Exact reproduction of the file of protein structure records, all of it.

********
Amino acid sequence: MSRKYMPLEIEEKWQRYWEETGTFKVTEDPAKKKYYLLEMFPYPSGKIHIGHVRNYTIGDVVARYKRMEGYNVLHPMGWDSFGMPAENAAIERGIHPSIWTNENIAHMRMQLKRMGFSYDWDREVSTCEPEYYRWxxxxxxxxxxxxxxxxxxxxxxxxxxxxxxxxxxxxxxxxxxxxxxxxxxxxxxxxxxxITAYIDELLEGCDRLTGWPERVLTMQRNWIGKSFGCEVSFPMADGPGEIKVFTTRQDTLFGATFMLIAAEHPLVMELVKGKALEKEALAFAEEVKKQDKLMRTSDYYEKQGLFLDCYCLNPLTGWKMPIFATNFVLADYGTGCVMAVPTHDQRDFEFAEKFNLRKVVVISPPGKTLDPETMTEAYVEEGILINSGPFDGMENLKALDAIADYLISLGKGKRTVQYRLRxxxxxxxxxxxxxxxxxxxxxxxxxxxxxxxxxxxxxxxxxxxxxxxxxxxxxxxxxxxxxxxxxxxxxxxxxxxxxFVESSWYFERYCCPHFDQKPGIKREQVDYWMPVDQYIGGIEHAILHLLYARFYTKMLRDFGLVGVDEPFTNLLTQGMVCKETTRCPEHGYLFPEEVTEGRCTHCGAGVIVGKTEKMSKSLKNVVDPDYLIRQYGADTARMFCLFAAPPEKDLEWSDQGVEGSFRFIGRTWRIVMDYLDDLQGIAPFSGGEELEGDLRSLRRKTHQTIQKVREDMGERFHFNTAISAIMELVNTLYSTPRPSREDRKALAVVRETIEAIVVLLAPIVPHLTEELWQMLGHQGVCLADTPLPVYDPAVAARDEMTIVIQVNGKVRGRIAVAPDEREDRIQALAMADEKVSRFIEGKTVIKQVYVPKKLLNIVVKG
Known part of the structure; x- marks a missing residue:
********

Amino acid sequence: MSRKYMPLEIEEKWQRYWEETGTFKVTEDPAKKKYYLLEMFPYPSGKIHIGHVRNYTIGDVVARYKRMEGYNVLHPMGWDSFGMPAENAAIERGIHPSIWTNENIAHMRMQLKRMGFSYDWDREVSTCEPEYYRWxxxxxxxxxxxxxxxxxxxxxxxxxxxxxxxxxxxxxxxxxxxxxxxxxxxxxxxxxxxITAYIDELLEGCDRLTGWPERVLTMQRNWIGKSFGCEVSFPMADGPGEIKVFTTRQDTLFGATFMLIAAEHPLVMELVKGKALEKEALAFAEEVKKQDKLMRTSDYYEKQGLFLDCYCLNPLTGWKMPIFATNFVLADYGTGCVMAVPTHDQRDFEFAEKFNLRKVVVISPPGKTLDPETMTEAYVEEGILINSGPFDGMENLKALDAIADYLISLGKGKRTVQYRLRxxxxxxxxxxxxxxxxxxxxxxxxxxxxxxxxxxxxxxxxxxxxxxxxxxxxxxxxxxxxxxxxxxxxxxxxxxxxxFVESSWYFERYCCPHFDQKPGIKREQVDYWMPVDQYIGGIEHAILHLLYARFYTKMLRDFGLVGVDEPFTNLLTQGMVCKETTRCPEHGYLFPEEVTEGRCTHCGAGVIVGKTEKMSKSLKNVVDPDYLIRQYGADTARMFCLFAAPPEKDLEWSDQGVEGSFRFIGRTWRIVMDYLDDLQGIAPFSGGEELEGDLRSLRRKTHQTIQKVREDMGERFHFNTAISAIMELVNTLYSTPRPSREDRKALAVVRETIEAIVVLLAPIVPHLTEELWQMLGHQGVCLADTPLPVYDPAVAARDEMTIVIQVNGKVRGRIAVAPDEREDRIQALAMADEKVSRFIEGKTVIKQVYVPKKLLNIVVKG
Known part of the structure; x- marks a missing residue: